Good morning everyone! Today I’m going to talk about the graphical symbol. A graphic symbol is a written symbol that is used to represent speech, such as those used in the Greek alphabet. The term ‘graphic symbol’ encompasses anything from the logographs used in Egyptian hieroglyphic writing, to ancient Chinese pictograms. Early symbols were based on pictographs and ideograms before they were developed into logographic writing systems. These systems are still in use in some non-literate cultures in Africa, the Americas, and Oceania. Indeed, elements of pictography are still found in modern Chinese characters, and it is often an interesting exercise to trace the origins of some Chinese characters. Pictographs remain in common commercial (Q31) use today as signs, instructions, or statistical diagrams. Road signs and public toilet signs, and even flat-pack assembly instructions utilising pictures are considered pictographic.

Ancient graphic writing systems provide researchers with a wealth of knowledge (Q32) about past civilisations. In 1799, one of the most important historical discoveries was made by accident when members of Napoleon’s expedition to Egypt found a stone in Rosetta that exhibited three different scripts. The stone, now known as the Rosetta Stone, was studied in significant depth by scholars, and was first deciphered by Frenchman Jean-François Champollion in 1822. He was able to correctly determine the phonetic values of the symbols, and later research has confirmed his findings. In many of these symbols, lines (Q33) are used to portray a multitude of meanings, and knowledge and understanding of these lines holds the key to comprehension of graphic writing systems.

A key moment in the history of communication was the invention of the camera obscura, or camera. Although the concept can be traced back to the fifth century

B.C. Chinese philosopher Mo Ti, the first photographic image was ultimately created in 1826 by Joseph Nicephore Niepce. Photography (Q34), as it was later known, enables researchers to piece together and better understand history. Today, photography forms a huge part of everyday life and most publications contain a vast number of photographs. Photography is used in advertising, and is now becoming a way to increase awareness of existing world issues. For example, animal welfare charities are increasingly using photography to advertise (Q35) animals that are at high risk of endangerment. Charity workers are sometimes flown to far-flung locations to document the suffering endured by high-risk animals in an attempt to raise human awareness of their consumption activities, and how they impact others. One recent high profile campaign was undertaken by attaching a camera to the foot (Q36) of a bird, in order to obtain photographs of the animals in their natural habitats, and understand how often they come into contact with human waste. A soon-to-be-released documentary about the suffering of animals on Midway Island shows the full extent to which human consumption is harming animals thousands of miles away from us.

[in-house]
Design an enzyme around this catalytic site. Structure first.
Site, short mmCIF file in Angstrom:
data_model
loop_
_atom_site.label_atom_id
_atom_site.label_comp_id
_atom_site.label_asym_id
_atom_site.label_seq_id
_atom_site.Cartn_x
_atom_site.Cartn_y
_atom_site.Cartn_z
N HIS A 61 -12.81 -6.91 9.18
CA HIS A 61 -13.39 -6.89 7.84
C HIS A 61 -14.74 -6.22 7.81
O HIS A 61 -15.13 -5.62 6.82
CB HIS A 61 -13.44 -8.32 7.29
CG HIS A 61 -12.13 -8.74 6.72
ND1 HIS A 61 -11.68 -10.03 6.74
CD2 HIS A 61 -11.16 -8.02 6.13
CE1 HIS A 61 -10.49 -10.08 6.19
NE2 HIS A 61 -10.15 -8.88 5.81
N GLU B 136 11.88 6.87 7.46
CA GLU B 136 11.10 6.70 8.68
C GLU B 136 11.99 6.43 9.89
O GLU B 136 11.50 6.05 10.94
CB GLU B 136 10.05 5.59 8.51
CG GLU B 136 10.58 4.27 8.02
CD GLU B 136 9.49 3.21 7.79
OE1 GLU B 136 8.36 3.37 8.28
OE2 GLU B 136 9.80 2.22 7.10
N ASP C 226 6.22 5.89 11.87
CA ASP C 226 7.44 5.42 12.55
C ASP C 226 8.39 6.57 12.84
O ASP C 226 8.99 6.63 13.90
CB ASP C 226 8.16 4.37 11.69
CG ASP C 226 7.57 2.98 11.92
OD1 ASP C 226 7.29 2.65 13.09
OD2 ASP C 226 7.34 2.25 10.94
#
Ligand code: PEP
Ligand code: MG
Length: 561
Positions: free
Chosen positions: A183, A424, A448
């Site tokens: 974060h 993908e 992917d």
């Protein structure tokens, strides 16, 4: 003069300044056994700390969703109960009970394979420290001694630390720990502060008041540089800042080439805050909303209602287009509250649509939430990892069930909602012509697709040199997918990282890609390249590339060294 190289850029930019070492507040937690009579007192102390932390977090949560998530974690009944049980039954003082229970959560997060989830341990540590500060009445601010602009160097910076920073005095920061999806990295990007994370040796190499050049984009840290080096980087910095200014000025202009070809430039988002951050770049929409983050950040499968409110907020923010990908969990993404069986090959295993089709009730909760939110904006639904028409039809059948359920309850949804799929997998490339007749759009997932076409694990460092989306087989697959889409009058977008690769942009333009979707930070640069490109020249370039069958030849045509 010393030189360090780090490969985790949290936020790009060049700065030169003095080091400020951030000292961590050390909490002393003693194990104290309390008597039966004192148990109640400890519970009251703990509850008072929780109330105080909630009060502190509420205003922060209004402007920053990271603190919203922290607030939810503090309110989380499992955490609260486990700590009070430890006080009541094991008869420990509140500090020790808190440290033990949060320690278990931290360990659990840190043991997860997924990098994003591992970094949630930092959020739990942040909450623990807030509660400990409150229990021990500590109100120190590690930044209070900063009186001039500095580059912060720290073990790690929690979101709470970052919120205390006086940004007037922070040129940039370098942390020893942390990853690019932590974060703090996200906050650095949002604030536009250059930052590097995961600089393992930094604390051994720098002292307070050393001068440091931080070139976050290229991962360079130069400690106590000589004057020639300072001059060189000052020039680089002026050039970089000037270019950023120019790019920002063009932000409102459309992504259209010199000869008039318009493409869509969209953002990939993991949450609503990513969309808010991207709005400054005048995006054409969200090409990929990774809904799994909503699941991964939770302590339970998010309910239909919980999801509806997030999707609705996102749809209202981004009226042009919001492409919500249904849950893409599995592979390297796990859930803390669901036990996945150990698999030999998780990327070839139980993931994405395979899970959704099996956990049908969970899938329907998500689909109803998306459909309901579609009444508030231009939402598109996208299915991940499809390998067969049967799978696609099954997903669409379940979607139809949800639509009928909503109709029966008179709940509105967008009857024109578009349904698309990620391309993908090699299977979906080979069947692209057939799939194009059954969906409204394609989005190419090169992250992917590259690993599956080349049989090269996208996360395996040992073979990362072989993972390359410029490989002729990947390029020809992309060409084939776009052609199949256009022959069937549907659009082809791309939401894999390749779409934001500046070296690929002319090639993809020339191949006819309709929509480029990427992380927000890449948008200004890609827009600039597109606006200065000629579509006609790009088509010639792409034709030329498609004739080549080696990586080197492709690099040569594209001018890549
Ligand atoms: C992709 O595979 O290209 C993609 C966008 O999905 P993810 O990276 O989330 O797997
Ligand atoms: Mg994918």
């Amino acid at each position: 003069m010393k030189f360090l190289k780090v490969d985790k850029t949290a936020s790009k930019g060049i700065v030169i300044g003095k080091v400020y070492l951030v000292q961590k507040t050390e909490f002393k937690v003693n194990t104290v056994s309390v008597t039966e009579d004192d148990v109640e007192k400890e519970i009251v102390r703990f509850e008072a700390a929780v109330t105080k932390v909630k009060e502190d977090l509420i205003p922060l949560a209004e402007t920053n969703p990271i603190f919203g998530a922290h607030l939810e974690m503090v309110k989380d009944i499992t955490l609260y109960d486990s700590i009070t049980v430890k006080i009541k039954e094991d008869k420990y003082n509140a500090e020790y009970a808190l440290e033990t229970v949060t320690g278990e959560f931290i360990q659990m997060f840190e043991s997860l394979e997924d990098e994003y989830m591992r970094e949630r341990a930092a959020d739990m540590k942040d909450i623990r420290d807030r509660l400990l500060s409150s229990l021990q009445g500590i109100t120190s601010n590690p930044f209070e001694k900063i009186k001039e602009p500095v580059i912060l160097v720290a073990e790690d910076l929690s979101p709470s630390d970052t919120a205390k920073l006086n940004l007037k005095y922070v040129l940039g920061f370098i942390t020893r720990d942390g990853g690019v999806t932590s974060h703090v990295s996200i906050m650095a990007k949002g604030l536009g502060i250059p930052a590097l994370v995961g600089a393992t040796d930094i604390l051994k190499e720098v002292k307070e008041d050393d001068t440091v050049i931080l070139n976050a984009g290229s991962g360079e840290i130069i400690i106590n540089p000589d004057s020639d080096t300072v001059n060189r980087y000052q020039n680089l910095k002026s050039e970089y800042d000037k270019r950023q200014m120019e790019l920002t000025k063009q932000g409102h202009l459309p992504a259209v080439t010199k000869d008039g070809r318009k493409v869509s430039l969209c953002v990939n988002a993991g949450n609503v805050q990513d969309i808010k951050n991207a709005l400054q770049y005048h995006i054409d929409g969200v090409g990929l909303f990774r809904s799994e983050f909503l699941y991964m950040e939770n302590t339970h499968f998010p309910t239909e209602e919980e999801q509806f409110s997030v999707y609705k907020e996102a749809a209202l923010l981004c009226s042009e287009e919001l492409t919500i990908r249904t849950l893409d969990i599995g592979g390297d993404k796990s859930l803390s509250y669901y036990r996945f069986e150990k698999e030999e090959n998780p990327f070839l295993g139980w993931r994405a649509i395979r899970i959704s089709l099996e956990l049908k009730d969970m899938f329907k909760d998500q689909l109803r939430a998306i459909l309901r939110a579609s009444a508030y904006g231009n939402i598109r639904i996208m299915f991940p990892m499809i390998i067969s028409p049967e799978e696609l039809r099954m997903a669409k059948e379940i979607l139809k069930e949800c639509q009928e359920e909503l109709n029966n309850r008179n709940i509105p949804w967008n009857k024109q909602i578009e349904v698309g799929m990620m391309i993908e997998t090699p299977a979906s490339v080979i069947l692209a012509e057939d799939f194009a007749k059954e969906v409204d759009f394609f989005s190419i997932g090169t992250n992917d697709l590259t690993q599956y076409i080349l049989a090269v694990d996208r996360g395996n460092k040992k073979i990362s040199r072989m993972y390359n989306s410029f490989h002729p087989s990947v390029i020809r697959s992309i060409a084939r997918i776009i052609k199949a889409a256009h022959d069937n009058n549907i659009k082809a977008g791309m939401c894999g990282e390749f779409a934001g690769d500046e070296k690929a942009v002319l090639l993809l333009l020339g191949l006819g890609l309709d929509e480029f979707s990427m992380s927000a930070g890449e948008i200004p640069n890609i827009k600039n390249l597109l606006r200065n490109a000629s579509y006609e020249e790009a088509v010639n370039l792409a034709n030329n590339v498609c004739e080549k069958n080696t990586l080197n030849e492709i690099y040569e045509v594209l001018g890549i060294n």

As photography continues to progress, with the use of drones now becoming somewhat commonplace, we should expect more and more objects (Q37) to be included in the future, expanding the horizon of photography ever further. Indeed, the downward pressure on traditional media prices means that media companies are being forced to get creative on how to make a profit. Many have found that the answer to this lies in advertising, and companies are now willing to devote a large portion of their budgets to advertising in newspapers (Q38). By the same token, marketing has become an essential part of a company’s business model, often meaning the success or failure of a company. As a result, much time and money has been pumped into the development of effective branding, with attractive packaging (Q39) playing a large role in this. However, many governments are now seen to be cracking down on marketing and packaging in an attempt to protect consumers from being misled. In particular, tobacco companies are now subject to ever increasing regulation. For example, in the United Kingdom, legislation is soon to pass preventing any form of branding or differentiation on cigarette packaging in efforts to curb the harmful effects of smoking.

Finally, one must not forget the fundamental role that graphic writing systems have had to play in mathematics (Q39). Graphs, icons, and diagrams often form the very basis of these branches of academia. Indeed, one needs to look no further than chemistry’s periodic table to see a perfect example of graphic writing systems in use today.

Section 1

1 receptionist

2 (quality) customer

3 early mornings

4 training

5 driver

6 flexible

7 grocery shopping

8 weekends

9 cinema

10 bookings

Section 2

11 C

12 B

13 A

14 A

15 registration office

16 (own) records

17 identity

18 acknowledgement

19 interview

20 decision

Section 3

21 A

22 C

23 B

24 B

25 C

26 A

27 C

28 B

29 A

30 C

Section 4

31 commercial

32 knowledge

33 lines

34 Photography

35 advertise

36 foot

37 objects

38 newspapers

39 packaging

40 mathematics/ math/ maths